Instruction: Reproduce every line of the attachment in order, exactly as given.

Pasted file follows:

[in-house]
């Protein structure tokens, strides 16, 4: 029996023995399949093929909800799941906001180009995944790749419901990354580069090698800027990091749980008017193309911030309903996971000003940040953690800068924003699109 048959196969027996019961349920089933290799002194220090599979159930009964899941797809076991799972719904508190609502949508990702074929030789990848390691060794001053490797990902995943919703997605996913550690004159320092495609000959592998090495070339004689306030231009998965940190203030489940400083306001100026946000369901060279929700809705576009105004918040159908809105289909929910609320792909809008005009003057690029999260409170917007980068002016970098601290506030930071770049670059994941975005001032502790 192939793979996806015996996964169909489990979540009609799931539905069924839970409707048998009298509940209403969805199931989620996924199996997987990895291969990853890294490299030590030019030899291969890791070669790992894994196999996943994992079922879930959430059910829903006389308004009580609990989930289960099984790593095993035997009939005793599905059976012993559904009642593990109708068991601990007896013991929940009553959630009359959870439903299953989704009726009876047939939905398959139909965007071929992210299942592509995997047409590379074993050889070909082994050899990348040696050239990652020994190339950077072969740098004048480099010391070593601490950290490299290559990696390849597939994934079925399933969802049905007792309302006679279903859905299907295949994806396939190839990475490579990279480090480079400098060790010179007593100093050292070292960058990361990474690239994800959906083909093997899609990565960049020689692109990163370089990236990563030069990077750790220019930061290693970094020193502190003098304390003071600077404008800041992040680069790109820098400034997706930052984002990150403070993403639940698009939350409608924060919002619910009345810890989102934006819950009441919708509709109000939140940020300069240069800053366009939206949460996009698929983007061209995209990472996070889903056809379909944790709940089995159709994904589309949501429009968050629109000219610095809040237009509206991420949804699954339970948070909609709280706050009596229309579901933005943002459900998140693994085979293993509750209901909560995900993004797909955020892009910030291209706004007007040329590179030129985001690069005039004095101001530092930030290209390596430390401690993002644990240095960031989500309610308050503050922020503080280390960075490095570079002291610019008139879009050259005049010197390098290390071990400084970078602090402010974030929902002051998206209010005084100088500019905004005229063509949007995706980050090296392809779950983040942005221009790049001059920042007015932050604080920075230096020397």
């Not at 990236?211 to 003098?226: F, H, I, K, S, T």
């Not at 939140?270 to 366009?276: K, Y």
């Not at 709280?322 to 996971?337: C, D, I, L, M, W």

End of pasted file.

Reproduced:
[in-house]
């Protein structure tokens, strides 16, 4: 029996023995399949093929909800799941906001180009995944790749419901990354580069090698800027990091749980008017193309911030309903996971000003940040953690800068924003699109 048959196969027996019961349920089933290799002194220090599979159930009964899941797809076991799972719904508190609502949508990702074929030789990848390691060794001053490797990902995943919703997605996913550690004159320092495609000959592998090495070339004689306030231009998965940190203030489940400083306001100026946000369901060279929700809705576009105004918040159908809105289909929910609320792909809008005009003057690029999260409170917007980068002016970098601290506030930071770049670059994941975005001032502790 192939793979996806015996996964169909489990979540009609799931539905069924839970409707048998009298509940209403969805199931989620996924199996997987990895291969990853890294490299030590030019030899291969890791070669790992894994196999996943994992079922879930959430059910829903006389308004009580609990989930289960099984790593095993035997009939005793599905059976012993559904009642593990109708068991601990007896013991929940009553959630009359959870439903299953989704009726009876047939939905398959139909965007071929992210299942592509995997047409590379074993050889070909082994050899990348040696050239990652020994190339950077072969740098004048480099010391070593601490950290490299290559990696390849597939994934079925399933969802049905007792309302006679279903859905299907295949994806396939190839990475490579990279480090480079400098060790010179007593100093050292070292960058990361990474690239994800959906083909093997899609990565960049020689692109990163370089990236990563030069990077750790220019930061290693970094020193502190003098304390003071600077404008800041992040680069790109820098400034997706930052984002990150403070993403639940698009939350409608924060919002619910009345810890989102934006819950009441919708509709109000939140940020300069240069800053366009939206949460996009698929983007061209995209990472996070889903056809379909944790709940089995159709994904589309949501429009968050629109000219610095809040237009509206991420949804699954339970948070909609709280706050009596229309579901933005943002459900998140693994085979293993509750209901909560995900993004797909955020892009910030291209706004007007040329590179030129985001690069005039004095101001530092930030290209390596430390401690993002644990240095960031989500309610308050503050922020503080280390960075490095570079002291610019008139879009050259005049010197390098290390071990400084970078602090402010974030929902002051998206209010005084100088500019905004005229063509949007995706980050090296392809779950983040942005221009790049001059920042007015932050604080920075230096020397």
């Not at 990236?211 to 003098?226: F, H, I, K, S, T």
């Not at 939140?270 to 366009?276: K, Y």
């Not at 709280?322 to 996971?337: C, D, I, L, M, W």